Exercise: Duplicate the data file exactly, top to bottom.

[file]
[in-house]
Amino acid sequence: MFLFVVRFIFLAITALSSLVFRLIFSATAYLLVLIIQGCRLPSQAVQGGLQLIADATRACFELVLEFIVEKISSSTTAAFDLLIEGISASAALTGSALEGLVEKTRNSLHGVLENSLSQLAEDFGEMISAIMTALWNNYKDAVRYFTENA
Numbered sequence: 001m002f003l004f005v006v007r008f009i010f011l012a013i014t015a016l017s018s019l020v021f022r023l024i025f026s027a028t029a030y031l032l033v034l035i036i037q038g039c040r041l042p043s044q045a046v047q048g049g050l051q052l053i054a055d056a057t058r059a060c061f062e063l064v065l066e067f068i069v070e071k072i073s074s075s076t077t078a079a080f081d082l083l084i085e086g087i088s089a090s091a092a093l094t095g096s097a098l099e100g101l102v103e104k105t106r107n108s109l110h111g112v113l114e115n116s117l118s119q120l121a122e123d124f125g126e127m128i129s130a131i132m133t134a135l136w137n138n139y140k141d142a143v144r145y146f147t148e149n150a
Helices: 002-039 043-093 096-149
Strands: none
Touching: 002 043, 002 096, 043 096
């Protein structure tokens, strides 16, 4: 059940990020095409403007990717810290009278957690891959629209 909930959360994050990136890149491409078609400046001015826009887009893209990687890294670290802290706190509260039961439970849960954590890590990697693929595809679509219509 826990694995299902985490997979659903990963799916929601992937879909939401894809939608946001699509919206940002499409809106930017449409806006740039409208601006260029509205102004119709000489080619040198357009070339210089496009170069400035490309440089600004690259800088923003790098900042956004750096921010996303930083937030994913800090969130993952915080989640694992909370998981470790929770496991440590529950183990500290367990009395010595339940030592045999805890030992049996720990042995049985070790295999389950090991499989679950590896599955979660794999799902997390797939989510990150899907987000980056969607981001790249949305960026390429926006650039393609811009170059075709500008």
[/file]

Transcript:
[in-house]
Amino acid sequence: MFLFVVRFIFLAITALSSLVFRLIFSATAYLLVLIIQGCRLPSQAVQGGLQLIADATRACFELVLEFIVEKISSSTTAAFDLLIEGISASAALTGSALEGLVEKTRNSLHGVLENSLSQLAEDFGEMISAIMTALWNNYKDAVRYFTENA
Numbered sequence: 001m002f003l004f005v006v007r008f009i010f011l012a013i014t015a016l017s018s019l020v021f022r023l024i025f026s027a028t029a030y031l032l033v034l035i036i037q038g039c040r041l042p043s044q045a046v047q048g049g050l051q052l053i054a055d056a057t058r059a060c061f062e063l064v065l066e067f068i069v070e071k072i073s074s075s076t077t078a079a080f081d082l083l084i085e086g087i088s089a090s091a092a093l094t095g096s097a098l099e100g101l102v103e104k105t106r107n108s109l110h111g112v113l114e115n116s117l118s119q120l121a122e123d124f125g126e127m128i129s130a131i132m133t134a135l136w137n138n139y140k141d142a143v144r145y146f147t148e149n150a
Helices: 002-039 043-093 096-149
Strands: none
Touching: 002 043, 002 096, 043 096
């Protein structure tokens, strides 16, 4: 059940990020095409403007990717810290009278957690891959629209 909930959360994050990136890149491409078609400046001015826009887009893209990687890294670290802290706190509260039961439970849960954590890590990697693929595809679509219509 826990694995299902985490997979659903990963799916929601992937879909939401894809939608946001699509919206940002499409809106930017449409806006740039409208601006260029509205102004119709000489080619040198357009070339210089496009170069400035490309440089600004690259800088923003790098900042956004750096921010996303930083937030994913800090969130993952915080989640694992909370998981470790929770496991440590529950183990500290367990009395010595339940030592045999805890030992049996720990042995049985070790295999389950090991499989679950590896599955979660794999799902997390797939989510990150899907987000980056969607981001790249949305960026390429926006650039393609811009170059075709500008």